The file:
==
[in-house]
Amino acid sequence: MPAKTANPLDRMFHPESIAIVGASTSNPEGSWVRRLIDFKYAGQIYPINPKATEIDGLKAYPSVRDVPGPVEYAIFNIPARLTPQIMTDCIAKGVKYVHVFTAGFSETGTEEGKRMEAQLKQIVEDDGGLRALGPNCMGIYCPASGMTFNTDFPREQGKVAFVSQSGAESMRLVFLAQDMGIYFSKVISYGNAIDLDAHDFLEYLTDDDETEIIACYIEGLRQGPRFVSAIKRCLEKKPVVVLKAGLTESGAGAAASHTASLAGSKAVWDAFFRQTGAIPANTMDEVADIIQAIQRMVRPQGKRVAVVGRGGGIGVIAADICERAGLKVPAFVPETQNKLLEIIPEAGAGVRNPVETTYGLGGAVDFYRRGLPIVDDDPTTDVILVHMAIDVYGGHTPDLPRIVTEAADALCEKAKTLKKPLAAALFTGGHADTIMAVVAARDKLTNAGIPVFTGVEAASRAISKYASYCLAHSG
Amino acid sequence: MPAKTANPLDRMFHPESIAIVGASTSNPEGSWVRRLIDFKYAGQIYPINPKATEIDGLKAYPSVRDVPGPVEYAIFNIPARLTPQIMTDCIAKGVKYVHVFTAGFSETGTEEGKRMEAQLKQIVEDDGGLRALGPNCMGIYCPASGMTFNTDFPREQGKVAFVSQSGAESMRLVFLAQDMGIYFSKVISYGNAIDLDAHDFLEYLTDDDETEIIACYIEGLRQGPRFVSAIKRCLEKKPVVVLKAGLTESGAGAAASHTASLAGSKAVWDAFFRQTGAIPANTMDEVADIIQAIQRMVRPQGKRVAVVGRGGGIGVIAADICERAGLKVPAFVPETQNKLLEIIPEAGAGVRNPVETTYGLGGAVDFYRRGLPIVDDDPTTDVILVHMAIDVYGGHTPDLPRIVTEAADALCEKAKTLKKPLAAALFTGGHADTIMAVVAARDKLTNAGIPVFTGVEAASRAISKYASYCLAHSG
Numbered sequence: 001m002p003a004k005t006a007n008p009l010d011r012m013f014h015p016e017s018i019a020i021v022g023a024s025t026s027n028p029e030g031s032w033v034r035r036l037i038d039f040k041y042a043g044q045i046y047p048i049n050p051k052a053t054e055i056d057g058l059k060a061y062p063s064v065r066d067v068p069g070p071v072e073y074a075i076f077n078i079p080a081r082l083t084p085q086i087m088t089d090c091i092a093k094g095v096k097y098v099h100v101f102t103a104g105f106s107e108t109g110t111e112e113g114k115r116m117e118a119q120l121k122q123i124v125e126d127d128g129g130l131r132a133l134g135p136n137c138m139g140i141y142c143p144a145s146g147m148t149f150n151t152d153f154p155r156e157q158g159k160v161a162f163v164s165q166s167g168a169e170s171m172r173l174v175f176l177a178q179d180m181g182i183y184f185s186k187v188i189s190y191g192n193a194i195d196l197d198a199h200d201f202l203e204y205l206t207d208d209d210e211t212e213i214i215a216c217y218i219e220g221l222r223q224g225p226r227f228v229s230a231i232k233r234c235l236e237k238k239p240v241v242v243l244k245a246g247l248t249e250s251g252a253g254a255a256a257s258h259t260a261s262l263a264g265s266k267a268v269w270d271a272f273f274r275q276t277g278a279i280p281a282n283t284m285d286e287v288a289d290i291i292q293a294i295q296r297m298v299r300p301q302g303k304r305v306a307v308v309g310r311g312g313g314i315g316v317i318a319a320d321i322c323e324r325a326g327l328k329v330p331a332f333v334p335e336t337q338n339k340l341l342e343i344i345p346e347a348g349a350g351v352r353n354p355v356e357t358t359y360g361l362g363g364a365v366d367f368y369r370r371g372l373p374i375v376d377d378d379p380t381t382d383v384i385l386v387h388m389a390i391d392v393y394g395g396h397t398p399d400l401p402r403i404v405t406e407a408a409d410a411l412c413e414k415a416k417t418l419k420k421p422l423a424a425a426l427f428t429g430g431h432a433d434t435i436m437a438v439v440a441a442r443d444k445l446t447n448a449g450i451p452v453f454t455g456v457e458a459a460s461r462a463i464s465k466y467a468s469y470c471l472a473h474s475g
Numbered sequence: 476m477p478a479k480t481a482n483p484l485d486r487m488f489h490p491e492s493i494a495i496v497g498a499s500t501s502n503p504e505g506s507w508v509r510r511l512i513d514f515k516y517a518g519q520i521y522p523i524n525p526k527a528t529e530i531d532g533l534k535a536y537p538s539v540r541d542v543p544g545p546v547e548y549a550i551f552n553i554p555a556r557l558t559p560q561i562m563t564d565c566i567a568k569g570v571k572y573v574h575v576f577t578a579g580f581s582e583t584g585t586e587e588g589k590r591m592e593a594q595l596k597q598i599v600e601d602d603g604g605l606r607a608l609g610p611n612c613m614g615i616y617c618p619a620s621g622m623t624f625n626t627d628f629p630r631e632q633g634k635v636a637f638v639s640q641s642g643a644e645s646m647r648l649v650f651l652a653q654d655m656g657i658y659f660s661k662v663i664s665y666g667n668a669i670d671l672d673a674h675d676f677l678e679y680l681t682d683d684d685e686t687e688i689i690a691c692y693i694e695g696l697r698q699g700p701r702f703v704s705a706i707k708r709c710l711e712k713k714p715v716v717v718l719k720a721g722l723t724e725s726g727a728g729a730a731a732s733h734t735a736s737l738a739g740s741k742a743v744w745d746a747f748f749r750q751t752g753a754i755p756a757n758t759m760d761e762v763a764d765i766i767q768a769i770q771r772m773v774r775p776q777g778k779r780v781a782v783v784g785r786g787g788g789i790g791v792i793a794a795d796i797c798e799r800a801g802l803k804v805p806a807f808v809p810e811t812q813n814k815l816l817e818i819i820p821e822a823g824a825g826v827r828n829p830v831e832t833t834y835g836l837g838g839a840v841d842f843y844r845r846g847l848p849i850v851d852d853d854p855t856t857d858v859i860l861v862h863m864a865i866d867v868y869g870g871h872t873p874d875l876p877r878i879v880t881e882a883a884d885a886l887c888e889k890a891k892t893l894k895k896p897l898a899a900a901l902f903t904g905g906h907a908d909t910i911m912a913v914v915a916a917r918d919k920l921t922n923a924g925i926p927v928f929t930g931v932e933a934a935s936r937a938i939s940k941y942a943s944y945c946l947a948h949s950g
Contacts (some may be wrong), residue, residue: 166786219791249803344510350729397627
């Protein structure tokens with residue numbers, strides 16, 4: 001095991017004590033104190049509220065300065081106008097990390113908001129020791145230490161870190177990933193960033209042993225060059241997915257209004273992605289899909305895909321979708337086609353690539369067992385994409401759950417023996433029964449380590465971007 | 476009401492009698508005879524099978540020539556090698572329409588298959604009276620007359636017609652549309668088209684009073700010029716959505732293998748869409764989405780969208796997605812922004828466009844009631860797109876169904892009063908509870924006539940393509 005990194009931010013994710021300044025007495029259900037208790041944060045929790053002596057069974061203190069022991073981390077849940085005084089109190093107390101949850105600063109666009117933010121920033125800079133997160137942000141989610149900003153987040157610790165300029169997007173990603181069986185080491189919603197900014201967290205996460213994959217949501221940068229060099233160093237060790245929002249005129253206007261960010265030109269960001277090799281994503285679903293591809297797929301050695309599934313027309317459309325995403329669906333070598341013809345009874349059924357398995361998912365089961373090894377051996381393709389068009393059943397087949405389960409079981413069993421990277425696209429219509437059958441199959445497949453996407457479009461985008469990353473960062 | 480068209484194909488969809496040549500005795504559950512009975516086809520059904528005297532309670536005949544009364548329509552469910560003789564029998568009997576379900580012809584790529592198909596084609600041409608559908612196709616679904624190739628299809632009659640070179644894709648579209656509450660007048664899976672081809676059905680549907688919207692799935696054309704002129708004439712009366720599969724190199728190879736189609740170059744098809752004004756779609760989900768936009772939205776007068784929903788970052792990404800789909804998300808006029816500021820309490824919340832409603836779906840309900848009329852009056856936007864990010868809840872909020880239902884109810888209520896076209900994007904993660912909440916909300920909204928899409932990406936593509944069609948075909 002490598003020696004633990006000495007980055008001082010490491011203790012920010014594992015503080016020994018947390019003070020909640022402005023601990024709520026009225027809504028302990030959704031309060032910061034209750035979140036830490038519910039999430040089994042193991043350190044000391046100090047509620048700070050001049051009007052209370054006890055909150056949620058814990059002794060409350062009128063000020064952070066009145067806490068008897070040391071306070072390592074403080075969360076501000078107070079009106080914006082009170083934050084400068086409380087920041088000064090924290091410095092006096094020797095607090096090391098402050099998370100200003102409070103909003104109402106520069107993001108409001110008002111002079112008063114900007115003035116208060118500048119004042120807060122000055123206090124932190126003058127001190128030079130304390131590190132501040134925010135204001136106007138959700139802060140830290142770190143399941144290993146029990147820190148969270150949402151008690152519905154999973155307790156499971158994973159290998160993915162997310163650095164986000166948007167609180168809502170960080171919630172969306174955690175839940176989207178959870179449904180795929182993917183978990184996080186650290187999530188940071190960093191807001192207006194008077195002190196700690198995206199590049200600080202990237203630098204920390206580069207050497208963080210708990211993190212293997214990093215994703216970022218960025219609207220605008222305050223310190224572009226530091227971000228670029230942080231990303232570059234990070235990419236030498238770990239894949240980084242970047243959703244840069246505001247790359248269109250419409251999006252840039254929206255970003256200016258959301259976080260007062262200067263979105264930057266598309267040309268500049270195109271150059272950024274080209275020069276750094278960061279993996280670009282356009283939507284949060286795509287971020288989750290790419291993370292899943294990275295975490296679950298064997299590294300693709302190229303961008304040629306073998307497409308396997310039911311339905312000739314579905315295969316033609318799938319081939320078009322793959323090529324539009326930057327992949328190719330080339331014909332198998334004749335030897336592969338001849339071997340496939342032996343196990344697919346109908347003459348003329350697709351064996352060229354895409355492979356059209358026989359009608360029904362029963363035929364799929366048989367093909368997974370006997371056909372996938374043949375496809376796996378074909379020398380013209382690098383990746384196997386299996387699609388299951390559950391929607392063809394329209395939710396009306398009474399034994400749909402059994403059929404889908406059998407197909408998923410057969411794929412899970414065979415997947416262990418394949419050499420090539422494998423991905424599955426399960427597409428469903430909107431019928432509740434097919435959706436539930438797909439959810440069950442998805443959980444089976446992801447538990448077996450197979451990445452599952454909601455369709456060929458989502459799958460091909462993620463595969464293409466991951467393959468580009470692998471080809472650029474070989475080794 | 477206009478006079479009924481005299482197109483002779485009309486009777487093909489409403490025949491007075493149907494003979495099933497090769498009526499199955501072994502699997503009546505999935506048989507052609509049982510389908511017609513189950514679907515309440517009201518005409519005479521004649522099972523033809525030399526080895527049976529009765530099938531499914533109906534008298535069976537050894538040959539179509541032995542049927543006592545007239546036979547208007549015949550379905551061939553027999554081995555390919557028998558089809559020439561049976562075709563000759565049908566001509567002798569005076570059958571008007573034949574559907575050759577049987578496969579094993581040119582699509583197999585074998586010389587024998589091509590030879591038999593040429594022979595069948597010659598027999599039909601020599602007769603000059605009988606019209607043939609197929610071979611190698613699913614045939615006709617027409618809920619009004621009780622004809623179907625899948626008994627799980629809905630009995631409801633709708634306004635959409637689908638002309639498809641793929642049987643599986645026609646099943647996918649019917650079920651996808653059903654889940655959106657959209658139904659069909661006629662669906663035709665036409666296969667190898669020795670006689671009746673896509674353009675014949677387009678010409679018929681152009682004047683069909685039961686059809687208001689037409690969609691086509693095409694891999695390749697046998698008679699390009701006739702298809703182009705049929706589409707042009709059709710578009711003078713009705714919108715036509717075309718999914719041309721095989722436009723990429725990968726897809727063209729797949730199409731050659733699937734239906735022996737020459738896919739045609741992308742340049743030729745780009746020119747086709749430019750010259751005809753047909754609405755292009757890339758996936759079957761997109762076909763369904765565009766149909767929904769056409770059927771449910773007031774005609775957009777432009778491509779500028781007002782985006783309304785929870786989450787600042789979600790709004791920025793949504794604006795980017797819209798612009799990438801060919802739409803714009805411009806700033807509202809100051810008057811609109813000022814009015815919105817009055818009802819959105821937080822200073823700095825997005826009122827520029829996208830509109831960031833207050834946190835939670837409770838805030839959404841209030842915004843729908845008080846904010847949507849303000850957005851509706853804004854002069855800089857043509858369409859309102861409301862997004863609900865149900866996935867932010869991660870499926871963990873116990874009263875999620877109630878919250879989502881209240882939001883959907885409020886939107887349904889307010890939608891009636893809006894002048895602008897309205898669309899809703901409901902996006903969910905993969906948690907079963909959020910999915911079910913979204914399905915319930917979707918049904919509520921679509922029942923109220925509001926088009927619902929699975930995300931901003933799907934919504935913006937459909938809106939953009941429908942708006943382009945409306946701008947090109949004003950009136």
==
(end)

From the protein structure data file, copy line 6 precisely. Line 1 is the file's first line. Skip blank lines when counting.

Contacts (some may be wrong), residue, residue: 166786219791249803344510350729397627